The same is true of time. To look at one of the papers I typically have to read, you would think that there is no time.
It's reflexive to try to characterize art as essentially involving something aesthetic, something involving perception, perceptual experience - even if one is willing to admit that art may also be ethically valuable. The resulting conflict between ethics and aesthetics seems irresolvable.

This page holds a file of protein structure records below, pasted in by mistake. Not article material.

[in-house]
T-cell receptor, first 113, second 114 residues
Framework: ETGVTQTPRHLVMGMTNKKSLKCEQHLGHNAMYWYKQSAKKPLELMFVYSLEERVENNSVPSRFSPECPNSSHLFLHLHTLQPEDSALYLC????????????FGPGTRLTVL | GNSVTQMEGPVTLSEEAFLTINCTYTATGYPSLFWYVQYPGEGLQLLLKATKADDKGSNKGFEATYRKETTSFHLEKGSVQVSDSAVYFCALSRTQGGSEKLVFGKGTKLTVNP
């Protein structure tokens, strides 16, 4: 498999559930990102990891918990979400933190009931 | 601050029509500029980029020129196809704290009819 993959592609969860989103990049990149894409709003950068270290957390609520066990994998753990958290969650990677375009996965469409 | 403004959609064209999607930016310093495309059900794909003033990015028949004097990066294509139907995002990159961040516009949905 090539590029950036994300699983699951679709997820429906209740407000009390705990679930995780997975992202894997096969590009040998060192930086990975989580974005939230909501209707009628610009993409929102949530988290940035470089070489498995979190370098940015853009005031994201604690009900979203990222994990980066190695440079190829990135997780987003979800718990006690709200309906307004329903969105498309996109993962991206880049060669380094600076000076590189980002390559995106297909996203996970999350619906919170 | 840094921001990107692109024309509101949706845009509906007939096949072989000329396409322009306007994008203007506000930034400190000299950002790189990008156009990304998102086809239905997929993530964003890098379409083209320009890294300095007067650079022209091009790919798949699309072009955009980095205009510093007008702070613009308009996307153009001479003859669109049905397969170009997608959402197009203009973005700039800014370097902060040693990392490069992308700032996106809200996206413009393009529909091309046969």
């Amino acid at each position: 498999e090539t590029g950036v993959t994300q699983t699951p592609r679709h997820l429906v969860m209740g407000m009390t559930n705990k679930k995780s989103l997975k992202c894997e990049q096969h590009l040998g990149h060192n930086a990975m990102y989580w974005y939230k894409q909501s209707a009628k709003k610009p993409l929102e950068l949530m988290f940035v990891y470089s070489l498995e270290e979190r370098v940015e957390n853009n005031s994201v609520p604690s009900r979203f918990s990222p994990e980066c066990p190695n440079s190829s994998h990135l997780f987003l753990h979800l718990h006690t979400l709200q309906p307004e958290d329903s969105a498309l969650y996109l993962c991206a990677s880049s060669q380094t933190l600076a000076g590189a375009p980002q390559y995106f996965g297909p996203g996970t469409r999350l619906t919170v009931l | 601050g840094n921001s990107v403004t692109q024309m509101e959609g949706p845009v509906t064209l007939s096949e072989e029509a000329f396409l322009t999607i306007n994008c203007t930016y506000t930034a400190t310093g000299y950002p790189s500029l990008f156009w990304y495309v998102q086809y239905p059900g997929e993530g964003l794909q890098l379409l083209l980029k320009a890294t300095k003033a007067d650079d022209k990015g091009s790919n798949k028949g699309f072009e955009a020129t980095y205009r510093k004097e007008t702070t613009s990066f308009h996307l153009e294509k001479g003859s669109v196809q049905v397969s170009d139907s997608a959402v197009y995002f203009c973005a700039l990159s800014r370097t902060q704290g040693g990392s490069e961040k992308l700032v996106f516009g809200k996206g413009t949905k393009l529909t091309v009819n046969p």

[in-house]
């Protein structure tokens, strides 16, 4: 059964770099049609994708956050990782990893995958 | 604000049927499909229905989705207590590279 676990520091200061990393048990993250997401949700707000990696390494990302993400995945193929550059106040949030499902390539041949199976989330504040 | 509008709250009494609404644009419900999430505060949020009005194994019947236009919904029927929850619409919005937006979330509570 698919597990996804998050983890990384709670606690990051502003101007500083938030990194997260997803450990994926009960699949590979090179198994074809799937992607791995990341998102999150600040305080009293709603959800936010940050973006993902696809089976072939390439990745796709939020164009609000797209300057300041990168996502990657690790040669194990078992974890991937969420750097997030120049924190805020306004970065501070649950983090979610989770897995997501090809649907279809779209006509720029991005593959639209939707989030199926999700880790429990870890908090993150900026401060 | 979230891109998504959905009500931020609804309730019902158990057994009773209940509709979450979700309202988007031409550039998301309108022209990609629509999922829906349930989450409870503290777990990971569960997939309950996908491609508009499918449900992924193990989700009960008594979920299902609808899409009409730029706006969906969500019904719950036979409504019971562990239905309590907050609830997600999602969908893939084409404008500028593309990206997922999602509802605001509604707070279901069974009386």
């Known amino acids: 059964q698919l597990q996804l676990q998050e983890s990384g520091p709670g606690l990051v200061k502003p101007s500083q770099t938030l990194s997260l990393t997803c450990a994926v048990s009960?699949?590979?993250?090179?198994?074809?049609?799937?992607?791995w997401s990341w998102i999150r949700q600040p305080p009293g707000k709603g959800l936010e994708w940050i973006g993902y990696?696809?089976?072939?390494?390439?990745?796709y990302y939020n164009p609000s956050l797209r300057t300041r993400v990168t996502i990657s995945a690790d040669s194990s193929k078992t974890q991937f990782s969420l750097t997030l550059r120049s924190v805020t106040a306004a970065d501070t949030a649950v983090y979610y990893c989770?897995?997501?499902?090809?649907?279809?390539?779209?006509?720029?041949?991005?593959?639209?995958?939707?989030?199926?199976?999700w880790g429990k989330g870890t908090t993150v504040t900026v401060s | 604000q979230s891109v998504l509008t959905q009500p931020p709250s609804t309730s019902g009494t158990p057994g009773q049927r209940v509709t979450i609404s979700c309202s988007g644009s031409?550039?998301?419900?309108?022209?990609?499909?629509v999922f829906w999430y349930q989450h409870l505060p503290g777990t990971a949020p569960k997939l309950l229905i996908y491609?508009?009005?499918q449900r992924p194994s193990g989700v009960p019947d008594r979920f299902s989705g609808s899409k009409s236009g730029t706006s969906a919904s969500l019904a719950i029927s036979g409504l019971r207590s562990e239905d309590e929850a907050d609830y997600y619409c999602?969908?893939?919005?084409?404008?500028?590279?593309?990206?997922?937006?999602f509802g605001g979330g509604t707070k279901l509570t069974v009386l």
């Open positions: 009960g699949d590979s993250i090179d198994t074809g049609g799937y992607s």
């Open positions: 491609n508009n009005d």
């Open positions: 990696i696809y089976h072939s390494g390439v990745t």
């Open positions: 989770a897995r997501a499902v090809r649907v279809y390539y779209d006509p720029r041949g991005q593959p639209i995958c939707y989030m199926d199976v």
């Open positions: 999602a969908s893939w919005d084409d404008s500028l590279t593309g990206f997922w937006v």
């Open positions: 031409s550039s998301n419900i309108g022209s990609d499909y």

Most concerns in ethics are immediately faced with the problem of all those people, again. However badly this has been handled, philosophers at least freely admit the people are there somewhere, before doing their best to get rid of them.
But the 'purely' aesthetic seems to me no less social, even if social in a different way. If I couldn't share my experiences with others, would they really be all that important to me?